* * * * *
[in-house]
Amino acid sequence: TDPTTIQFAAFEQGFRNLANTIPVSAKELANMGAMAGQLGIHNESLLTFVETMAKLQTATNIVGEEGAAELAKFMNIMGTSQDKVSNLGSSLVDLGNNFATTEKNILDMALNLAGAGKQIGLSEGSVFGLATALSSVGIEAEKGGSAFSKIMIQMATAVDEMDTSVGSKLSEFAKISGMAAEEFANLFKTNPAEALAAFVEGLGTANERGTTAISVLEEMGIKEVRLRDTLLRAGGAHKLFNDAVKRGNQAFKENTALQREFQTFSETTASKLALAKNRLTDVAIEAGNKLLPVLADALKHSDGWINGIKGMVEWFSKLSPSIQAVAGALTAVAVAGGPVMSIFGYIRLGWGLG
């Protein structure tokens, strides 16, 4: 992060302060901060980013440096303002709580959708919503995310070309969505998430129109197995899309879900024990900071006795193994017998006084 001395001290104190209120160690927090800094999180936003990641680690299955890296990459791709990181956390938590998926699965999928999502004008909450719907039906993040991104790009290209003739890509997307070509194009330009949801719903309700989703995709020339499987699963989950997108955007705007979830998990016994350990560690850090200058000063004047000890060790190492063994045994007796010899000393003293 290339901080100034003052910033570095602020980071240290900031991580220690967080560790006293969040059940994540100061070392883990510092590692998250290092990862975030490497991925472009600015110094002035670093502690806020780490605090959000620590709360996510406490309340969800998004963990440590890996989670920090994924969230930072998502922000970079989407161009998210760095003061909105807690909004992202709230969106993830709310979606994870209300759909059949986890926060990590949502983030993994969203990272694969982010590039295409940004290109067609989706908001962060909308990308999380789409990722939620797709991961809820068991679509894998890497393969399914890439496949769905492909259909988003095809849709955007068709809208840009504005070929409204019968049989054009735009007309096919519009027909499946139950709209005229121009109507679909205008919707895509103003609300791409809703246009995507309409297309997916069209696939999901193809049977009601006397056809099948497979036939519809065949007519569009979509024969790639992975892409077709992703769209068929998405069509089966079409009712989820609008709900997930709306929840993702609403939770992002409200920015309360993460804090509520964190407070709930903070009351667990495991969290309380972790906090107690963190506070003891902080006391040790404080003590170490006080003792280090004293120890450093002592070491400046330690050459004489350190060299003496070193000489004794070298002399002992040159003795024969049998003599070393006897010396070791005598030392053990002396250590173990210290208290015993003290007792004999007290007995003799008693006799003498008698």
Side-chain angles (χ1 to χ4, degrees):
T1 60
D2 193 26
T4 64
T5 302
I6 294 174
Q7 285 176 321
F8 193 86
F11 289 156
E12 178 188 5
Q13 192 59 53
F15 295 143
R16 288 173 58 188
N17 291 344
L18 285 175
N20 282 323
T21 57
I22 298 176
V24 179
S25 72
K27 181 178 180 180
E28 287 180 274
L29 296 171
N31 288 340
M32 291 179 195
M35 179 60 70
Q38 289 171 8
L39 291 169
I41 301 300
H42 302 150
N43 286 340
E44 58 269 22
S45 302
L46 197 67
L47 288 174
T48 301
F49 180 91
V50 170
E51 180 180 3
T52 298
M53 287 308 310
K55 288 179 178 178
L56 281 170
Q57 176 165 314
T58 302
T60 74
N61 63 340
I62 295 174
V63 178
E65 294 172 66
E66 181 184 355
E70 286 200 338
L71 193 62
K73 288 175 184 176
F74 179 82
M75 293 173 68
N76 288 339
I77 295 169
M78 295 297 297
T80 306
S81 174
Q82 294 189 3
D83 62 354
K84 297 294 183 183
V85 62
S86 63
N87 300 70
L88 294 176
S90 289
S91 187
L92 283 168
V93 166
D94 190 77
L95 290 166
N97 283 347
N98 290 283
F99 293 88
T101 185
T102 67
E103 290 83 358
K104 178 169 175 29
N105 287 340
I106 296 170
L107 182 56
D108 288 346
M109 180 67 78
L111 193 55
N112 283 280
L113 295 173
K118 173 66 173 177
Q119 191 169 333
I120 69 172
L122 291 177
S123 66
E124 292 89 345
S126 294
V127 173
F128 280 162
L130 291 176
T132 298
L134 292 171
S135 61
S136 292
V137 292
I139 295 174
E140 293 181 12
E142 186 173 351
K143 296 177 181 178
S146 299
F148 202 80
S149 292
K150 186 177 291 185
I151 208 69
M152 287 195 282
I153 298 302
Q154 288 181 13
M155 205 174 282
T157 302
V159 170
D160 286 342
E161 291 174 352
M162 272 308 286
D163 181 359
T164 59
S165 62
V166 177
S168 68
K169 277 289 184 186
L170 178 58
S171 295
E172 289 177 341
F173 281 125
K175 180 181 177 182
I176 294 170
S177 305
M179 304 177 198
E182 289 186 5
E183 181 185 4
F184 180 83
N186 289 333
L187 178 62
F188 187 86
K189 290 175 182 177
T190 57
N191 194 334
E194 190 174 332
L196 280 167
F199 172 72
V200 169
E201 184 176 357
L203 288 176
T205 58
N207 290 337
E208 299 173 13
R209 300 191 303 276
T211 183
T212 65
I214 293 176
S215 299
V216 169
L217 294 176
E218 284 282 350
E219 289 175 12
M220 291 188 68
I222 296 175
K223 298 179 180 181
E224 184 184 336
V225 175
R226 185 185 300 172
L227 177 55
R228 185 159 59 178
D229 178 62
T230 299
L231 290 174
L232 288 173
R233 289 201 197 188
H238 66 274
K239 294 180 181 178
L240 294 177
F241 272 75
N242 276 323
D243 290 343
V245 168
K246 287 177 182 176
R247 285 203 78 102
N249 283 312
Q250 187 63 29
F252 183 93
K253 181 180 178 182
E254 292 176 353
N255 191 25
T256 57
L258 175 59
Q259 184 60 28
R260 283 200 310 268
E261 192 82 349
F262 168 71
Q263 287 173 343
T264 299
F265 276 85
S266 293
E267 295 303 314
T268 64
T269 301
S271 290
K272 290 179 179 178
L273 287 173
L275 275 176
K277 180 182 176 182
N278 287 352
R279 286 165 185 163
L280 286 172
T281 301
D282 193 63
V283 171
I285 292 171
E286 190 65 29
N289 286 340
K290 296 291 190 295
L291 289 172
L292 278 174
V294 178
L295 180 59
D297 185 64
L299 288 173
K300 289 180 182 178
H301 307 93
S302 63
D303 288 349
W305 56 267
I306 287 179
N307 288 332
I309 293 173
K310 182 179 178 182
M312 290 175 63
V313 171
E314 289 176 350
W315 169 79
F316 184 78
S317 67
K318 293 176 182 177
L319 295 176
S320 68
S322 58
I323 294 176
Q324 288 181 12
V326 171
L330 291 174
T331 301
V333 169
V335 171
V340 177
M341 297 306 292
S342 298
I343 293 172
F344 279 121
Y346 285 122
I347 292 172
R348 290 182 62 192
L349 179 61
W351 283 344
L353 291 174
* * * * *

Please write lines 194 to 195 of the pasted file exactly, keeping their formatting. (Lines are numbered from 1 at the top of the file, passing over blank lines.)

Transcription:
N255 191 25
T256 57